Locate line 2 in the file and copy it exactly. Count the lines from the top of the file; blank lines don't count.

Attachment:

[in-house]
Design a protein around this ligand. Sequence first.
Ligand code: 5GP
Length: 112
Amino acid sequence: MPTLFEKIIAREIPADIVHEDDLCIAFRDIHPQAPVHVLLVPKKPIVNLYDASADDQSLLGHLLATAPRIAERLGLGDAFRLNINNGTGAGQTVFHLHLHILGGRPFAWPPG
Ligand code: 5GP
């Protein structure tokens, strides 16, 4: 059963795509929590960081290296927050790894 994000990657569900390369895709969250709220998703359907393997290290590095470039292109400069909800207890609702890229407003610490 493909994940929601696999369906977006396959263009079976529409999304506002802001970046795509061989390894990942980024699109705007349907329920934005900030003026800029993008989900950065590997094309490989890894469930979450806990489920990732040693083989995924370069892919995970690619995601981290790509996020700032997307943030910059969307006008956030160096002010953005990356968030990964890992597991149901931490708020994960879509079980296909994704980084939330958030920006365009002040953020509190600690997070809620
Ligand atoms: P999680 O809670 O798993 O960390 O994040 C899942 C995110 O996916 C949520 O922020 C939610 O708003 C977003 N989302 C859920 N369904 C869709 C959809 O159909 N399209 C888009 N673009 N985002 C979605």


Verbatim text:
Design a protein around this ligand. Sequence first.